Ryan Glover: Were you happy with the reaction of your topless protest?
Nicolle Rochelle: It was organized with an activist group, not just by myself. You know the main point was solidarty with the victims and the bodies of the victims being disempowered, those victims felt the pain I was attempting to put out there in speaking for them visually. I spoke with some of the victims and they felt that and that was one of the main points of the protest and I’m happy with that. However, as far as America because in Europe its different with body perception it was very hard for people to think about the symbolic reason behind the protest and why I was topless. I had to be a “stripper” or “prostitute” and was really insulted, even suggestions that I was against black men, my country, or my race. Everything was negative toward me even as I was trying to identify and empower victims which was kind of crazy to me. It was no real solid reflection about why I was topless.
Ryan Glover: I watched your GEAisha live show online and was very impressed. You do an incredible live show can you tell me more about that?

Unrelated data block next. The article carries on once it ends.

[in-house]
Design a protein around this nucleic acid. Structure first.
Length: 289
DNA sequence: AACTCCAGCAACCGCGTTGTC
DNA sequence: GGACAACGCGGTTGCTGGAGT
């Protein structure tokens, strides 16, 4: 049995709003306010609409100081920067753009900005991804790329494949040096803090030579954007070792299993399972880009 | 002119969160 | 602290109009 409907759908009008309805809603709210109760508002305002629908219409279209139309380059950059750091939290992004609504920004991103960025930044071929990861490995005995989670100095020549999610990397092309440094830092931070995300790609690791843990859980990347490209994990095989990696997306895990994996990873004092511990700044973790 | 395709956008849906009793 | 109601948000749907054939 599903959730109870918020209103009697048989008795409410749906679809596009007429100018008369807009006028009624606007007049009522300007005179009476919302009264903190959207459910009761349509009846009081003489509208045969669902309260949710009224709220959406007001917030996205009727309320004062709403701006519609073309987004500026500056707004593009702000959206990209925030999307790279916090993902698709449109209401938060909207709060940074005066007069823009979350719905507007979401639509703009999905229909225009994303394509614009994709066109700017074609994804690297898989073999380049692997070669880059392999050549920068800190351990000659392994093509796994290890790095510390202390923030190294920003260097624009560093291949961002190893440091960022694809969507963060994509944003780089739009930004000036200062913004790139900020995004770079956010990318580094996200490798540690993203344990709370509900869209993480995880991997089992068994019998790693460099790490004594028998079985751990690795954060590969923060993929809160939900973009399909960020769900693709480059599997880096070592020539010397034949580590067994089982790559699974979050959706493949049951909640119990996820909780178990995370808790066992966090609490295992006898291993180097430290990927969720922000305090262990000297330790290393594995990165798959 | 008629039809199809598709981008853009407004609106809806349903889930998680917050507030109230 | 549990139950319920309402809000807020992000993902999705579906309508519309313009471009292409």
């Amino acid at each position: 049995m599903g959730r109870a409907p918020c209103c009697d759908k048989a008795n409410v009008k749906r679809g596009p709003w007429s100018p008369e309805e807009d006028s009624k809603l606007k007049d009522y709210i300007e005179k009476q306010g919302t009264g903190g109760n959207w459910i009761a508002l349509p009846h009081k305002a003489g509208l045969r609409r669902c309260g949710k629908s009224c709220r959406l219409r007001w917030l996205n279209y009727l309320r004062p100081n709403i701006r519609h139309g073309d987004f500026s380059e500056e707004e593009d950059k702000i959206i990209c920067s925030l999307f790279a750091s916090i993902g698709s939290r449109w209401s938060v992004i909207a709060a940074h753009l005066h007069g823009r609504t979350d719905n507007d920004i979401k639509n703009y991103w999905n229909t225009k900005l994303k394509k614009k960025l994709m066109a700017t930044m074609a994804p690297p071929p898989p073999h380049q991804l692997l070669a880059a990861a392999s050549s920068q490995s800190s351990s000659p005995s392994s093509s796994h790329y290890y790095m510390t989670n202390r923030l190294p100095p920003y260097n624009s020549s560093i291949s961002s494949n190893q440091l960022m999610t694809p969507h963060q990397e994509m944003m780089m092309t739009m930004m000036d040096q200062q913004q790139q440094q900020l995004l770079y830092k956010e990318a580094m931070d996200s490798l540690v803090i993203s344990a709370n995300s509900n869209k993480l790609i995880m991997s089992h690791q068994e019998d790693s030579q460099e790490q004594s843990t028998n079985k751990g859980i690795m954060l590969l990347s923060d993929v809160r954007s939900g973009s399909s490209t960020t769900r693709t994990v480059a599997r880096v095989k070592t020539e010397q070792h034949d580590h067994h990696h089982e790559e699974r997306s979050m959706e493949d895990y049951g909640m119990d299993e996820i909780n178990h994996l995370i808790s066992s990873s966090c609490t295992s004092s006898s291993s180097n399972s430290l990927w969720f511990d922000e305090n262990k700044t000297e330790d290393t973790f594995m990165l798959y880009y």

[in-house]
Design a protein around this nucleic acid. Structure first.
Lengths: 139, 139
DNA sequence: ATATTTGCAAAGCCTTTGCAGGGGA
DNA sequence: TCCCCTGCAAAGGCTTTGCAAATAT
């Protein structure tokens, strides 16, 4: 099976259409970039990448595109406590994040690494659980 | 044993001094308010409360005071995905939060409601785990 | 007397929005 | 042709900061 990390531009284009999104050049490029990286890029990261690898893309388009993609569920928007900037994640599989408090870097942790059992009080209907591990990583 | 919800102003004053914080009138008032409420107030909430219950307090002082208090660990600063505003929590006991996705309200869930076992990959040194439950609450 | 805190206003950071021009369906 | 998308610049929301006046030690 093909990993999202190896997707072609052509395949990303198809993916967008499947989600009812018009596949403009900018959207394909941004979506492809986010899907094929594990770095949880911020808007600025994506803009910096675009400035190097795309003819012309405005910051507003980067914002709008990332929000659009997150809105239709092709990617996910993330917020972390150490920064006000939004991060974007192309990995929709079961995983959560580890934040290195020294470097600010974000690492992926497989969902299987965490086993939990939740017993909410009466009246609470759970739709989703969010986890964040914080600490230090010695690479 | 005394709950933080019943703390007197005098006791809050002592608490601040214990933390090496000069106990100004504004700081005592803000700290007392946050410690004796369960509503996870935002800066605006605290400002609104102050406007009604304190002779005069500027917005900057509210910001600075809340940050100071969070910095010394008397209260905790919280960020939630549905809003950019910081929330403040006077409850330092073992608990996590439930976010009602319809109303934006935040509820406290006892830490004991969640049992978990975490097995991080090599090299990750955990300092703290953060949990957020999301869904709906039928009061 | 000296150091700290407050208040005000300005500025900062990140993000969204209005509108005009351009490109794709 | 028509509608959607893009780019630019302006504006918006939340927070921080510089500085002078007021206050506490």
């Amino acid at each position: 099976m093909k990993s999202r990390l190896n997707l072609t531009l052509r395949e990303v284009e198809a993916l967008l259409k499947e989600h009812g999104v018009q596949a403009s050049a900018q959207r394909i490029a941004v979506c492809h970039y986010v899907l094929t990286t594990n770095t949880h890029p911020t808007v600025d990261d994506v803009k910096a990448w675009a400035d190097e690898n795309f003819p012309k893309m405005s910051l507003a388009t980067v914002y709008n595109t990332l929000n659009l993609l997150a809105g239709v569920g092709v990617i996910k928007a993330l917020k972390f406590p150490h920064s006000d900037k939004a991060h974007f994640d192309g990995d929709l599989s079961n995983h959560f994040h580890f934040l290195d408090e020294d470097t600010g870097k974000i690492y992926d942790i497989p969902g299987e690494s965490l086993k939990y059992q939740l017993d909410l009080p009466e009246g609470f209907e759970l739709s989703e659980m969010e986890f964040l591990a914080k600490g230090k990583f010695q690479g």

Nicolle Rochelle: Thank you. What I really like about it is my partner (Phillip Schroter) from Austria who is a great musician that does beatboxing, he’s a singer, he’s a pianist, and also a loop station specialist which is pretty cool because he can create all the sounds by himself. He can create the trumpet with his mouth, bass, all the rhythms and we both like House music, hip-hop, and jazz. So we combine all that live with his vocals but we also want to involve other musicians as guests, as dancers, a show thats malleable, its gonna change. Eventually I want to invite a local artist to come jam with us on stage. So thats kind of the goal, the sharing of information, the kind of information I spoke about with the Cosby issue and I speak about within my music which is exploring everything around you and always questioning one more time, why is this the way it is right now? Why do you think the way you do? Who you are? Where are you coming from?
Ryan Glover: What’s next in your career?
Nicolle Rochelle: Going further with this music and the live show I spoke about. I wanna definitely connect with people, I would love to do a school tour, I’ve been speaking with some people to arrange that kind of thing; some companies about reaching people through hip-hop. Just getting out there and getting out there and getting the concert circuit going but connecting that with speaking to the people after or before the concert in a workshop type space to talk about these ideas I’m writing about within the album.